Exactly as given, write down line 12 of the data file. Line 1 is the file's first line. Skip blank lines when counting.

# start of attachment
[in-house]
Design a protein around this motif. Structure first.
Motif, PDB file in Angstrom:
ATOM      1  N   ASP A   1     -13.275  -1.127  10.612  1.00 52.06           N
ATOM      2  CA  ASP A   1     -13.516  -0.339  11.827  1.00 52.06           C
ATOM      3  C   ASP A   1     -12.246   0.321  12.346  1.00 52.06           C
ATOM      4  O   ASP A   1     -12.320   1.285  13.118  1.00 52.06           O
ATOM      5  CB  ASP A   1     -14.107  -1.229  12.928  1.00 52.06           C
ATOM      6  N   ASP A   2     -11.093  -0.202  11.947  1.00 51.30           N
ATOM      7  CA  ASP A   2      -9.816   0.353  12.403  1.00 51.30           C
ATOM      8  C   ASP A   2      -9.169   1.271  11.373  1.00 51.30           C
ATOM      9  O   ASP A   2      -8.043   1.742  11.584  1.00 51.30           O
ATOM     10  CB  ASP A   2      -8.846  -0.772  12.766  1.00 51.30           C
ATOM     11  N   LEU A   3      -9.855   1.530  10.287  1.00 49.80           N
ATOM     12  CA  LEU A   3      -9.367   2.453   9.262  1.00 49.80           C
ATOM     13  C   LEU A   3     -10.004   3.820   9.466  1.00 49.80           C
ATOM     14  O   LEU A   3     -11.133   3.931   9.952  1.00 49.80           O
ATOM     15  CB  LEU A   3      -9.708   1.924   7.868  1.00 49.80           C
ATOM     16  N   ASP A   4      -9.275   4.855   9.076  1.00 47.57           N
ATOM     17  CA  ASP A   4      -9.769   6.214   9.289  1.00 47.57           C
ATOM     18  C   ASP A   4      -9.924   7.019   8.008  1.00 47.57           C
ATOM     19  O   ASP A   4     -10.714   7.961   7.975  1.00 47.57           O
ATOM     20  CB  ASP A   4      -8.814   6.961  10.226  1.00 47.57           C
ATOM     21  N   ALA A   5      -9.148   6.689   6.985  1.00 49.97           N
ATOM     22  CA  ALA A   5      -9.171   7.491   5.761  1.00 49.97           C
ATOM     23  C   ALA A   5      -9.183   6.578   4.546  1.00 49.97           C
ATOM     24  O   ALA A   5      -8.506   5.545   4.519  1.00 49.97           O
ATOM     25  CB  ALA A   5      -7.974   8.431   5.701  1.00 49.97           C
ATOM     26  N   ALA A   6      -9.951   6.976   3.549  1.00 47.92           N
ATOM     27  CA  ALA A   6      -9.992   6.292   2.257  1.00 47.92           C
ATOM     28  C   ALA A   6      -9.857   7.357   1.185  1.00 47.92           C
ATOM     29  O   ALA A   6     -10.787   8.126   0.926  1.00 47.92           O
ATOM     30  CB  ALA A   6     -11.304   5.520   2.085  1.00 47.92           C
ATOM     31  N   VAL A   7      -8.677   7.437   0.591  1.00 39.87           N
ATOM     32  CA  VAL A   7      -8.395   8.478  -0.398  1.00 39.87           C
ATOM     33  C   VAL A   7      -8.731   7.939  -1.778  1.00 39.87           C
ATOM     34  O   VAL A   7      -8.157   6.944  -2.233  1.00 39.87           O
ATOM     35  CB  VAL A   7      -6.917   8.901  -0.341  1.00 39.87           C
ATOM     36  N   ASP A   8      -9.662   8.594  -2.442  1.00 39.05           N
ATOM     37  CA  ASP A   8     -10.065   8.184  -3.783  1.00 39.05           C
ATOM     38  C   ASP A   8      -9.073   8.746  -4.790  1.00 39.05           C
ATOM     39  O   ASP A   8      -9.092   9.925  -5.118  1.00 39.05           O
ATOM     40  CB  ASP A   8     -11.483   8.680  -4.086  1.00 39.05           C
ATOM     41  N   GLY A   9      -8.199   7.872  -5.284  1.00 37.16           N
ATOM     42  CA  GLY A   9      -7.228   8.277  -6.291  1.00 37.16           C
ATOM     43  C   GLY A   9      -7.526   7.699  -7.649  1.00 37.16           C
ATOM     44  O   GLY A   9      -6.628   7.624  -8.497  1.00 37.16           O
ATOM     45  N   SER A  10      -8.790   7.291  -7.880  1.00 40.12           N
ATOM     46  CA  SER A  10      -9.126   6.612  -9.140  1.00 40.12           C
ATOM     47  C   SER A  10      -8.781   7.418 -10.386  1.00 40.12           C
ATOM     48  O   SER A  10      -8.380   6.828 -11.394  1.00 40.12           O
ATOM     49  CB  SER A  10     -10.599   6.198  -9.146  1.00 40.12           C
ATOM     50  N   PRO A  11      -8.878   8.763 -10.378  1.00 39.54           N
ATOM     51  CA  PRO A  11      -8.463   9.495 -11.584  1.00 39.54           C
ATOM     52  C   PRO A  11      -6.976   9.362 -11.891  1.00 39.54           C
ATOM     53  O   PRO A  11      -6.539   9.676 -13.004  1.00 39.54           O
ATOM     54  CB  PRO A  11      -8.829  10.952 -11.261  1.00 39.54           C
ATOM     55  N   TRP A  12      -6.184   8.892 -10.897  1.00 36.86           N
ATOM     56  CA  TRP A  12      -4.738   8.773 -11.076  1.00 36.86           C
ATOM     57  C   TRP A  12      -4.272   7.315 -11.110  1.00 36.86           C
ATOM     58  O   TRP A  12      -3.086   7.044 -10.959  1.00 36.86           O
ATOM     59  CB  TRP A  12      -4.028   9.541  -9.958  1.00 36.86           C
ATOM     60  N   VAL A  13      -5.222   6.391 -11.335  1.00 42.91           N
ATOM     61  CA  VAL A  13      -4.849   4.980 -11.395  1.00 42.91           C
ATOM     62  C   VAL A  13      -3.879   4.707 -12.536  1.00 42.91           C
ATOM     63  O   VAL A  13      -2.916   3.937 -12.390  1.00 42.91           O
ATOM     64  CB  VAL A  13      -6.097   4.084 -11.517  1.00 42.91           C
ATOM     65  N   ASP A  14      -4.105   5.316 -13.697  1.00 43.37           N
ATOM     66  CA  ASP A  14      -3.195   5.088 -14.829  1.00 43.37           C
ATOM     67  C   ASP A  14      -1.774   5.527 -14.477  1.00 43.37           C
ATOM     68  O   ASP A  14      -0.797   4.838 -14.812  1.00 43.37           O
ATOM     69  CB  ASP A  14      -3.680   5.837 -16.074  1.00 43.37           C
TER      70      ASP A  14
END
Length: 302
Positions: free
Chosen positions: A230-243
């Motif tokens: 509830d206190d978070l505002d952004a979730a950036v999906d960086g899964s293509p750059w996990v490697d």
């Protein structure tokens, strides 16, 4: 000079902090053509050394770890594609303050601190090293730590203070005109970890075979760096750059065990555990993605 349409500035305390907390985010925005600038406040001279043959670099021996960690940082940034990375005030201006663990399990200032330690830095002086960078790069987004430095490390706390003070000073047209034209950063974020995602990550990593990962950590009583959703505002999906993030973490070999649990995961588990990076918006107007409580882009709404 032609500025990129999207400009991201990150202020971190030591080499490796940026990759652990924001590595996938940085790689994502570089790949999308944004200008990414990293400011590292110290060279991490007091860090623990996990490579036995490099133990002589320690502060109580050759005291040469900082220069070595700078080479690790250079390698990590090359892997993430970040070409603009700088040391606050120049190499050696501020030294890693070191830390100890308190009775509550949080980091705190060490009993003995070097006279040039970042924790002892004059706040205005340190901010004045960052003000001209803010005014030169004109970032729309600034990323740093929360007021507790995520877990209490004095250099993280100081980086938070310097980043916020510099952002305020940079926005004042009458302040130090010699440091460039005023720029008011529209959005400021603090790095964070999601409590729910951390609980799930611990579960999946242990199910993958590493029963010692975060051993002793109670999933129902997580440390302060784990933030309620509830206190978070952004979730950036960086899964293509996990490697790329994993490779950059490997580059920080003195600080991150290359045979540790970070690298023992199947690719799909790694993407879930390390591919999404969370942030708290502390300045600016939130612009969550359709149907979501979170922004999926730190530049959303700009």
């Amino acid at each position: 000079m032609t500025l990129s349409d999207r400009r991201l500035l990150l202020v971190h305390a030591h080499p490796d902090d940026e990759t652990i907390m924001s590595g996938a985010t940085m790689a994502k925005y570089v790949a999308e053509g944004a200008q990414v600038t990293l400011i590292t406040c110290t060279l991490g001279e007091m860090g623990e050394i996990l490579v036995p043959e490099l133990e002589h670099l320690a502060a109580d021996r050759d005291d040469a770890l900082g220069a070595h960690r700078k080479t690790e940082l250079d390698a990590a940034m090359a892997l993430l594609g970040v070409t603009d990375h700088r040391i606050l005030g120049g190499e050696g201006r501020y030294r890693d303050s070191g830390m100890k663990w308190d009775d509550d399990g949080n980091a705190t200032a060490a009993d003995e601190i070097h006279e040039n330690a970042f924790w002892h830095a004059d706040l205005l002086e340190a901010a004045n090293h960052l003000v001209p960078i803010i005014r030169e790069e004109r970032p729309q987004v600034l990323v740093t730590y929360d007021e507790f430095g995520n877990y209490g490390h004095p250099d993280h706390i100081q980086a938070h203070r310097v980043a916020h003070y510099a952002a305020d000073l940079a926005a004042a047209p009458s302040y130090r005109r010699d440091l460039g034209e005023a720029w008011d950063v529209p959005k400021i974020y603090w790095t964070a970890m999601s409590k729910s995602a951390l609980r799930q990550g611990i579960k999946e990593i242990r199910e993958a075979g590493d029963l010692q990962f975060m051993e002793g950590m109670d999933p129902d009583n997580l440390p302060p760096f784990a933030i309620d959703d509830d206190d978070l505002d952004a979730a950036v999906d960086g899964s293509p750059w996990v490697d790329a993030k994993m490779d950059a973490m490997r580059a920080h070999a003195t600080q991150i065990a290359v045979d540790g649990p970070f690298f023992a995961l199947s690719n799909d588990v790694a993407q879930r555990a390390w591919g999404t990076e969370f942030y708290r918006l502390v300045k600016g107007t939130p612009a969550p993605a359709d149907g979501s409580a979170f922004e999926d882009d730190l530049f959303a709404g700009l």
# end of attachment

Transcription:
ATOM      9  O   ASP A   2      -8.043   1.742  11.584  1.00 51.30           O